Efficient thermal management offers a major opportunity for range improvement – and it’s an area in which Schaeffler has been developing solutions for around 15 years. Since 2011 Schaeffler has been supplying thermal management solutions to vehicle manufacturers.
“In electric vehicle applications, thermal management has become a decisive influence on many customer-relevant features, such as range and comfort. It is therefore becoming an increasingly key competitive factor for vehicle producers” said Dr. Jochen Schröder, Head of Schaeffler’s E-Mobility division.
Schaeffler is developing a portfolio of high-tech solutions for this, ranging from versatile, multi-application components to highly integrated thermal management systems, and 4-in-1 E-Axles that combine the motor, transmission, power electronics and thermal management in a single, optimised unit. The 4-in-1 E-Axle eliminates the additional hoses and cables required by decentralised thermal management systems, so less energy is lost, and because it has fewer parts, it is both lighter and easier for vehicle manufacturers to install.
This fully integrated solution also yields further increases in range and charging speed because it keeps the powertrain, including the battery, consistently at the right temperature – and also keeps the vehicle’s occupants comfortable. Thanks to the optimised interplay between its four subsystems, the 4-in-1 E-Axle can save about 1 kWh of power per 60 miles of travel in a compact electric car with a 75-kWh battery. That’s approximately seven percent more range, or about 23 miles.
Schaeffler is also developing a new type of heat pump for use both in the 4in1 e-axle and as a stand-alone component. The heat pump turns thermal energy from the surrounding air and waste heat from the motor, power electronics and battery into usable heating. This conserves battery power, which is at a premium in the colder winter months. Compared to a compact car with a 75-kWh battery and decentralised thermal management, the same vehicle with a 4in1 e-axle and heat pump system will use around 4 kWh less energy per 65 miles (measured in WLTC, based on an outside temperature of -7°C). That equates to a 17 percent increase in range, or a gain of 30 miles. Alternatively, that saving can be put into added comfort and safety in the form of heated seats and steering wheel, heated exterior mirrors, and a heated rear windscreen (which together use about 410 watts of power*). Another advantage of the Schaeffler heat pump system is that it uses the naturally occurring refrigerant carbon dioxide (R744), which is much less harmful to the environment than the conventional refrigerant (Rf1234yf). R744 is non-combustible, has a low greenhouse gas potential, and does not damage the ozone layer. For vehicle producers and owners, this represents an investment in both climate protection and the future.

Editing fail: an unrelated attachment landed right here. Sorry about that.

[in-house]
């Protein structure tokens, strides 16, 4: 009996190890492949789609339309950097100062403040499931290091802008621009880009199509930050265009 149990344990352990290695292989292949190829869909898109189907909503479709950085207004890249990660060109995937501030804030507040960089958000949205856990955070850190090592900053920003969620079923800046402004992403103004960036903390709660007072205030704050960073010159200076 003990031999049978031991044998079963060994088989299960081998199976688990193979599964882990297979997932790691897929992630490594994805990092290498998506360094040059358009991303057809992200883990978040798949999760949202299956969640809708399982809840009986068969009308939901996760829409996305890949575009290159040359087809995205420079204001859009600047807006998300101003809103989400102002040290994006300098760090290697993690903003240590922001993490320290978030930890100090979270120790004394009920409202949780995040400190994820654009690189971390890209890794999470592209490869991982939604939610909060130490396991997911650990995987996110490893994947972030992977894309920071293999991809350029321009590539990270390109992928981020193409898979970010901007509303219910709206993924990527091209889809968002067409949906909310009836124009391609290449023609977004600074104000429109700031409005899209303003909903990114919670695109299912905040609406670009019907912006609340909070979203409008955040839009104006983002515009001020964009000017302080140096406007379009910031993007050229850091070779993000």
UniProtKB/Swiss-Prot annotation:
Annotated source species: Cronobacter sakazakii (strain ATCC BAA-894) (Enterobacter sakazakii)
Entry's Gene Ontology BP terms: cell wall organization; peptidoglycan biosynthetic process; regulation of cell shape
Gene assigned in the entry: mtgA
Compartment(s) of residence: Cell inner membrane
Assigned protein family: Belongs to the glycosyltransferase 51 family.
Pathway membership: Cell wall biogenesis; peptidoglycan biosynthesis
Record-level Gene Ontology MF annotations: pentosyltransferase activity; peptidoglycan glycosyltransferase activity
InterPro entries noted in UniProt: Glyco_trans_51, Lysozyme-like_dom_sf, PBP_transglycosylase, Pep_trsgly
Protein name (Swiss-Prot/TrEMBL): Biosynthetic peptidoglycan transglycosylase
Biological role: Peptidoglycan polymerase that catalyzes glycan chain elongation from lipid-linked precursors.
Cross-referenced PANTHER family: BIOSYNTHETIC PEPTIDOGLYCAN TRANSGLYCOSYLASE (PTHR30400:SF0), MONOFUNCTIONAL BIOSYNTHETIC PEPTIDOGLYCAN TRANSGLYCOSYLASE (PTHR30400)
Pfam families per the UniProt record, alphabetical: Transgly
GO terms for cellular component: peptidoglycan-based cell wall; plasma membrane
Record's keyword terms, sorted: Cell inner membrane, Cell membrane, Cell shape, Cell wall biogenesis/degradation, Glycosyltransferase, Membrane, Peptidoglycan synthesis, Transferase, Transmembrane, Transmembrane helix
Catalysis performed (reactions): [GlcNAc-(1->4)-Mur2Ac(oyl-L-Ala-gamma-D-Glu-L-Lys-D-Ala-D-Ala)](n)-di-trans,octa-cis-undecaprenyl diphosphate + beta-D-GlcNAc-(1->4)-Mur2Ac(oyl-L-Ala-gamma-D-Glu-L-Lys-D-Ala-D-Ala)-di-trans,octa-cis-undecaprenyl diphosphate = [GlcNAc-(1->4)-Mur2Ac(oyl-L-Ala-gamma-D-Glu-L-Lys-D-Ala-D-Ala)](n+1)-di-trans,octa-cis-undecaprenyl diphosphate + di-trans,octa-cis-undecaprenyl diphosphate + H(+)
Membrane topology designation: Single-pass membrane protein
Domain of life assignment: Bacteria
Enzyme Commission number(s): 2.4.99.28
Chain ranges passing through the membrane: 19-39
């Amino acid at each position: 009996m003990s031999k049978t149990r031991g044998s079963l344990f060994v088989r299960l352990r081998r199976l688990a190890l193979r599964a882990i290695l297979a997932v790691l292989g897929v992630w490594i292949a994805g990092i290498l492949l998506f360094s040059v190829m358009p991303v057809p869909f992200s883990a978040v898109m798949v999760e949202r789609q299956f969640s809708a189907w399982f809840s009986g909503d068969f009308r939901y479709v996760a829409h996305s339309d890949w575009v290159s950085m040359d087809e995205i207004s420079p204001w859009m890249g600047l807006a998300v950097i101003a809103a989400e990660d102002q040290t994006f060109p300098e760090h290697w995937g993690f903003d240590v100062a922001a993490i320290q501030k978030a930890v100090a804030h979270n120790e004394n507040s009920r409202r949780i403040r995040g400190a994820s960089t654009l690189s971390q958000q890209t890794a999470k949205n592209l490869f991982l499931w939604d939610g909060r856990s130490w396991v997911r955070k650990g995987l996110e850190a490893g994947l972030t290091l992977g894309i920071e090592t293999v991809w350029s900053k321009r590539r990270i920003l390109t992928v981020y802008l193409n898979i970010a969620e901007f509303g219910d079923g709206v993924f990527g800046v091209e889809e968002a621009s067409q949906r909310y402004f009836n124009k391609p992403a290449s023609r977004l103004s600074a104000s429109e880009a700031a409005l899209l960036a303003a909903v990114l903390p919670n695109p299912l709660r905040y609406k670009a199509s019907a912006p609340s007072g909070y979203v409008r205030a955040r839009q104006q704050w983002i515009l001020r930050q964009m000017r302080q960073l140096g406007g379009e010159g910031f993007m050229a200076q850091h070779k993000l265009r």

- Power consumption reference values for vehicle functions (Source: ADAC)
Schaeffler’s TriFinity wheel bearings cut frictional losses by 67%, a saving of more than 200 watts, which equates to around 13 miles of additional range in a fully charged electric SUV with a 120-kWh battery capacity.
Effective thermal management offers serious potential for increasing the range of electric vehicles. Schaeffler is developing an integrated thermal management system featuring a CO2-refrigerant heat pump. The system is both highly efficient and extremely compact.
The 4-in-1 e-axle integrates the vehicle’s thermal management system – traditionally considered a separate component – with the drive components of Schaeffler’s classic 3in1 e-axle (electric motor, transmission, and power electronics) to form a single system. This eliminates the additional hoses and cables required by decentralized thermal management systems, thereby reducing energy loss.